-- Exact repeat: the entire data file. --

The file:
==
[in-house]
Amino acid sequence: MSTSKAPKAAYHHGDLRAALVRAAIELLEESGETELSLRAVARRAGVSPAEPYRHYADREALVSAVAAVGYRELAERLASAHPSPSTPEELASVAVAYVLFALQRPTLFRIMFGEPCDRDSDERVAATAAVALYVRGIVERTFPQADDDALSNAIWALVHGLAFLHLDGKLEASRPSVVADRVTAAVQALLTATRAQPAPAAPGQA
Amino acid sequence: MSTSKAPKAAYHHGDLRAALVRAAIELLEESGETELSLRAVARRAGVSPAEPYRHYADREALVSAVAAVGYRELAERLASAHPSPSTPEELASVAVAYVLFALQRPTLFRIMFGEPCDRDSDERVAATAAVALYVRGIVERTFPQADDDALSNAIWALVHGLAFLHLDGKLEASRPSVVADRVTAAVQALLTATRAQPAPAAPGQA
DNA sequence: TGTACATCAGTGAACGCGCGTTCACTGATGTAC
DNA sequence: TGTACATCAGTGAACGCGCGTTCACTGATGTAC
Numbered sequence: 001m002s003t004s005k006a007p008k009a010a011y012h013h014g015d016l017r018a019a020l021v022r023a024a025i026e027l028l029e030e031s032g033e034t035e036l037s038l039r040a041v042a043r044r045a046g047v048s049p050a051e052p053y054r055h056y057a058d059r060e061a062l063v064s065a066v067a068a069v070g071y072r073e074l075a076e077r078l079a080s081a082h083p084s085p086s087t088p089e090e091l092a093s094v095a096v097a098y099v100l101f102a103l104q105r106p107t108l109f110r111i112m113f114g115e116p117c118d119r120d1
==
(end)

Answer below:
[in-house]
Amino acid sequence: MSTSKAPKAAYHHGDLRAALVRAAIELLEESGETELSLRAVARRAGVSPAEPYRHYADREALVSAVAAVGYRELAERLASAHPSPSTPEELASVAVAYVLFALQRPTLFRIMFGEPCDRDSDERVAATAAVALYVRGIVERTFPQADDDALSNAIWALVHGLAFLHLDGKLEASRPSVVADRVTAAVQALLTATRAQPAPAAPGQA
Amino acid sequence: MSTSKAPKAAYHHGDLRAALVRAAIELLEESGETELSLRAVARRAGVSPAEPYRHYADREALVSAVAAVGYRELAERLASAHPSPSTPEELASVAVAYVLFALQRPTLFRIMFGEPCDRDSDERVAATAAVALYVRGIVERTFPQADDDALSNAIWALVHGLAFLHLDGKLEASRPSVVADRVTAAVQALLTATRAQPAPAAPGQA
DNA sequence: TGTACATCAGTGAACGCGCGTTCACTGATGTAC
DNA sequence: TGTACATCAGTGAACGCGCGTTCACTGATGTAC
Numbered sequence: 001m002s003t004s005k006a007p008k009a010a011y012h013h014g015d016l017r018a019a020l021v022r023a024a025i026e027l028l029e030e031s032g033e034t035e036l037s038l039r040a041v042a043r044r045a046g047v048s049p050a051e052p053y054r055h056y057a058d059r060e061a062l063v064s065a066v067a068a069v070g071y072r073e074l075a076e077r078l079a080s081a082h083p084s085p086s087t088p089e090e091l092a093s094v095a096v097a098y099v100l101f102a103l104q105r106p107t108l109f110r111i112m113f114g115e116p117c118d119r120d1